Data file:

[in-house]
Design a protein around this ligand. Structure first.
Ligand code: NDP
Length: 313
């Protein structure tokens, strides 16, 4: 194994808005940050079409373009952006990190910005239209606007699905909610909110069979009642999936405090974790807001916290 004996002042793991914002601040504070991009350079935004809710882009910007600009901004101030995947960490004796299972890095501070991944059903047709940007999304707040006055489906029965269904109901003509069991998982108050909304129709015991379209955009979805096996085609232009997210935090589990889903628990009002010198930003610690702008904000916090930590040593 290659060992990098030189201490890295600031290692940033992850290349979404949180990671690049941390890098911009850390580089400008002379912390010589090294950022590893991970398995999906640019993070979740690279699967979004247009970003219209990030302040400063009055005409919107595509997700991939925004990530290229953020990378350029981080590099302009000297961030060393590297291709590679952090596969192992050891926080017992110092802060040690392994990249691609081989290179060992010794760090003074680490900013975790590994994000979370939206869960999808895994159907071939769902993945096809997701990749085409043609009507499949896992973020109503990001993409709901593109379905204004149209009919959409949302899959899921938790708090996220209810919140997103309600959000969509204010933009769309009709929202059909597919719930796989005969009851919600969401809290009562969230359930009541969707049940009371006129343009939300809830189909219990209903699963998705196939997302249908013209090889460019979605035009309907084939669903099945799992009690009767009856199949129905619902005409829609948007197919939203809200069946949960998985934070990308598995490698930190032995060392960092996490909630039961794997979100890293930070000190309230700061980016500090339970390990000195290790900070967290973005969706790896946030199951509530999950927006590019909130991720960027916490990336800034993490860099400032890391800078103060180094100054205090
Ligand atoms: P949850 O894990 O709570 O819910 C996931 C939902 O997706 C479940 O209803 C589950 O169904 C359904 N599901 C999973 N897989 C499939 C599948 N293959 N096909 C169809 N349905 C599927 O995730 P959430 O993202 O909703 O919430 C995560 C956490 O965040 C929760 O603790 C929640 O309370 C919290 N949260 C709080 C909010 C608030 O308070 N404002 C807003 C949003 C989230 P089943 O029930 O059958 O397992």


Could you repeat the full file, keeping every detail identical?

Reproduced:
[in-house]
Design a protein around this ligand. Structure first.
Ligand code: NDP
Length: 313
């Protein structure tokens, strides 16, 4: 194994808005940050079409373009952006990190910005239209606007699905909610909110069979009642999936405090974790807001916290 004996002042793991914002601040504070991009350079935004809710882009910007600009901004101030995947960490004796299972890095501070991944059903047709940007999304707040006055489906029965269904109901003509069991998982108050909304129709015991379209955009979805096996085609232009997210935090589990889903628990009002010198930003610690702008904000916090930590040593 290659060992990098030189201490890295600031290692940033992850290349979404949180990671690049941390890098911009850390580089400008002379912390010589090294950022590893991970398995999906640019993070979740690279699967979004247009970003219209990030302040400063009055005409919107595509997700991939925004990530290229953020990378350029981080590099302009000297961030060393590297291709590679952090596969192992050891926080017992110092802060040690392994990249691609081989290179060992010794760090003074680490900013975790590994994000979370939206869960999808895994159907071939769902993945096809997701990749085409043609009507499949896992973020109503990001993409709901593109379905204004149209009919959409949302899959899921938790708090996220209810919140997103309600959000969509204010933009769309009709929202059909597919719930796989005969009851919600969401809290009562969230359930009541969707049940009371006129343009939300809830189909219990209903699963998705196939997302249908013209090889460019979605035009309907084939669903099945799992009690009767009856199949129905619902005409829609948007197919939203809200069946949960998985934070990308598995490698930190032995060392960092996490909630039961794997979100890293930070000190309230700061980016500090339970390990000195290790900070967290973005969706790896946030199951509530999950927006590019909130991720960027916490990336800034993490860099400032890391800078103060180094100054205090
Ligand atoms: P949850 O894990 O709570 O819910 C996931 C939902 O997706 C479940 O209803 C589950 O169904 C359904 N599901 C999973 N897989 C499939 C599948 N293959 N096909 C169809 N349905 C599927 O995730 P959430 O993202 O909703 O919430 C995560 C956490 O965040 C929760 O603790 C929640 O309370 C919290 N949260 C709080 C909010 C608030 O308070 N404002 C807003 C949003 C989230 P089943 O029930 O059958 O397992």